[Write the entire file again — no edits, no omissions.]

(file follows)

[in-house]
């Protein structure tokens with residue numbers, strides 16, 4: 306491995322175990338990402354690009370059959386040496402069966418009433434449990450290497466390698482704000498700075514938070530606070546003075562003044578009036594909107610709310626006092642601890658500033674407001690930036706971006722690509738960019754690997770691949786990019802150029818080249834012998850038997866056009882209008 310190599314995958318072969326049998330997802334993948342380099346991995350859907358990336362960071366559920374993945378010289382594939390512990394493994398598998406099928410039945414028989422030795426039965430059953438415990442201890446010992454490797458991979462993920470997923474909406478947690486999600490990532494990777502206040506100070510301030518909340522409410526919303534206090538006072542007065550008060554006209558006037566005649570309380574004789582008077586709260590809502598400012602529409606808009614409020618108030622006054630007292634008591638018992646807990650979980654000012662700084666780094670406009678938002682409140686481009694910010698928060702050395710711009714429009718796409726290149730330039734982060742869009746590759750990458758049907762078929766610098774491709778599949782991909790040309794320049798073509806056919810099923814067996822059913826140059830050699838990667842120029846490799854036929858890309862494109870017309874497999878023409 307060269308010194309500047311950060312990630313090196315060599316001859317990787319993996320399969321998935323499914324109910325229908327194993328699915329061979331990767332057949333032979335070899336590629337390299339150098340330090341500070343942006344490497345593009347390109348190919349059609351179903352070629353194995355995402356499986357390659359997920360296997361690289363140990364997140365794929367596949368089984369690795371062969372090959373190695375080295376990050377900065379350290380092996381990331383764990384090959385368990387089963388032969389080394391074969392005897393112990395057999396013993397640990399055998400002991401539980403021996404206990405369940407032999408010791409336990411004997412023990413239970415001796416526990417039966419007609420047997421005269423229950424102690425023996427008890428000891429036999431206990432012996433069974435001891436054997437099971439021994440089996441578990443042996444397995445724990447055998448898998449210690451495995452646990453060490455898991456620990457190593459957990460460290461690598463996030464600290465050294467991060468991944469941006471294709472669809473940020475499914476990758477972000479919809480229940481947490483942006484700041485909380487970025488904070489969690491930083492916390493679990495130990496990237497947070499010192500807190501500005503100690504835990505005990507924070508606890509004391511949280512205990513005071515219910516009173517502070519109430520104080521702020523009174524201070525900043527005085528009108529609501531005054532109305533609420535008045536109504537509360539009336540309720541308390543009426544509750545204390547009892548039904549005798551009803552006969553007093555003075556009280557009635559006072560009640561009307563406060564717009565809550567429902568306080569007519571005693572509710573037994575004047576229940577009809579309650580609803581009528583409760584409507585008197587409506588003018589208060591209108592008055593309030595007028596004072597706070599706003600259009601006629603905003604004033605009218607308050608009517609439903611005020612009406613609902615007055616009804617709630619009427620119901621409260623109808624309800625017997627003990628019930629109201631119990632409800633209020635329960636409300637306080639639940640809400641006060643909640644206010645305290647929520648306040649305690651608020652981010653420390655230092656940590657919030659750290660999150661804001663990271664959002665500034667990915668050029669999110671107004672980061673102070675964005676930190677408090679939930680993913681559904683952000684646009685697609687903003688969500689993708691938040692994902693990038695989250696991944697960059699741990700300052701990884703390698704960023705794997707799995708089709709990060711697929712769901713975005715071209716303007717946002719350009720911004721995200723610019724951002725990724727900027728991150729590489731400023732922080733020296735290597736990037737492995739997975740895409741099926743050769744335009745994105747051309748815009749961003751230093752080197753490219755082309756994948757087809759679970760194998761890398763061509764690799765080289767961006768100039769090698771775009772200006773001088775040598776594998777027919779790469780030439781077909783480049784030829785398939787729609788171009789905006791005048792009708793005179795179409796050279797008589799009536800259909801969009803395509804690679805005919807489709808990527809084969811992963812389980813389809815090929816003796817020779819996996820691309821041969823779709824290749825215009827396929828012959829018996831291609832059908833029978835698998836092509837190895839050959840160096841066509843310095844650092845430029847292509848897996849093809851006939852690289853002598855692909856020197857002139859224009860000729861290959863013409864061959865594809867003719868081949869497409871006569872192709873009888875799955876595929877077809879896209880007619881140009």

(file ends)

[in-house]
């Protein structure tokens with residue numbers, strides 16, 4: 306491995322175990338990402354690009370059959386040496402069966418009433434449990450290497466390698482704000498700075514938070530606070546003075562003044578009036594909107610709310626006092642601890658500033674407001690930036706971006722690509738960019754690997770691949786990019802150029818080249834012998850038997866056009882209008 310190599314995958318072969326049998330997802334993948342380099346991995350859907358990336362960071366559920374993945378010289382594939390512990394493994398598998406099928410039945414028989422030795426039965430059953438415990442201890446010992454490797458991979462993920470997923474909406478947690486999600490990532494990777502206040506100070510301030518909340522409410526919303534206090538006072542007065550008060554006209558006037566005649570309380574004789582008077586709260590809502598400012602529409606808009614409020618108030622006054630007292634008591638018992646807990650979980654000012662700084666780094670406009678938002682409140686481009694910010698928060702050395710711009714429009718796409726290149730330039734982060742869009746590759750990458758049907762078929766610098774491709778599949782991909790040309794320049798073509806056919810099923814067996822059913826140059830050699838990667842120029846490799854036929858890309862494109870017309874497999878023409 307060269308010194309500047311950060312990630313090196315060599316001859317990787319993996320399969321998935323499914324109910325229908327194993328699915329061979331990767332057949333032979335070899336590629337390299339150098340330090341500070343942006344490497345593009347390109348190919349059609351179903352070629353194995355995402356499986357390659359997920360296997361690289363140990364997140365794929367596949368089984369690795371062969372090959373190695375080295376990050377900065379350290380092996381990331383764990384090959385368990387089963388032969389080394391074969392005897393112990395057999396013993397640990399055998400002991401539980403021996404206990405369940407032999408010791409336990411004997412023990413239970415001796416526990417039966419007609420047997421005269423229950424102690425023996427008890428000891429036999431206990432012996433069974435001891436054997437099971439021994440089996441578990443042996444397995445724990447055998448898998449210690451495995452646990453060490455898991456620990457190593459957990460460290461690598463996030464600290465050294467991060468991944469941006471294709472669809473940020475499914476990758477972000479919809480229940481947490483942006484700041485909380487970025488904070489969690491930083492916390493679990495130990496990237497947070499010192500807190501500005503100690504835990505005990507924070508606890509004391511949280512205990513005071515219910516009173517502070519109430520104080521702020523009174524201070525900043527005085528009108529609501531005054532109305533609420535008045536109504537509360539009336540309720541308390543009426544509750545204390547009892548039904549005798551009803552006969553007093555003075556009280557009635559006072560009640561009307563406060564717009565809550567429902568306080569007519571005693572509710573037994575004047576229940577009809579309650580609803581009528583409760584409507585008197587409506588003018589208060591209108592008055593309030595007028596004072597706070599706003600259009601006629603905003604004033605009218607308050608009517609439903611005020612009406613609902615007055616009804617709630619009427620119901621409260623109808624309800625017997627003990628019930629109201631119990632409800633209020635329960636409300637306080639639940640809400641006060643909640644206010645305290647929520648306040649305690651608020652981010653420390655230092656940590657919030659750290660999150661804001663990271664959002665500034667990915668050029669999110671107004672980061673102070675964005676930190677408090679939930680993913681559904683952000684646009685697609687903003688969500689993708691938040692994902693990038695989250696991944697960059699741990700300052701990884703390698704960023705794997707799995708089709709990060711697929712769901713975005715071209716303007717946002719350009720911004721995200723610019724951002725990724727900027728991150729590489731400023732922080733020296735290597736990037737492995739997975740895409741099926743050769744335009745994105747051309748815009749961003751230093752080197753490219755082309756994948757087809759679970760194998761890398763061509764690799765080289767961006768100039769090698771775009772200006773001088775040598776594998777027919779790469780030439781077909783480049784030829785398939787729609788171009789905006791005048792009708793005179795179409796050279797008589799009536800259909801969009803395509804690679805005919807489709808990527809084969811992963812389980813389809815090929816003796817020779819996996820691309821041969823779709824290749825215009827396929828012959829018996831291609832059908833029978835698998836092509837190895839050959840160096841066509843310095844650092845430029847292509848897996849093809851006939852690289853002598855692909856020197857002139859224009860000729861290959863013409864061959865594809867003719868081949869497409871006569872192709873009888875799955876595929877077809879896209880007619881140009």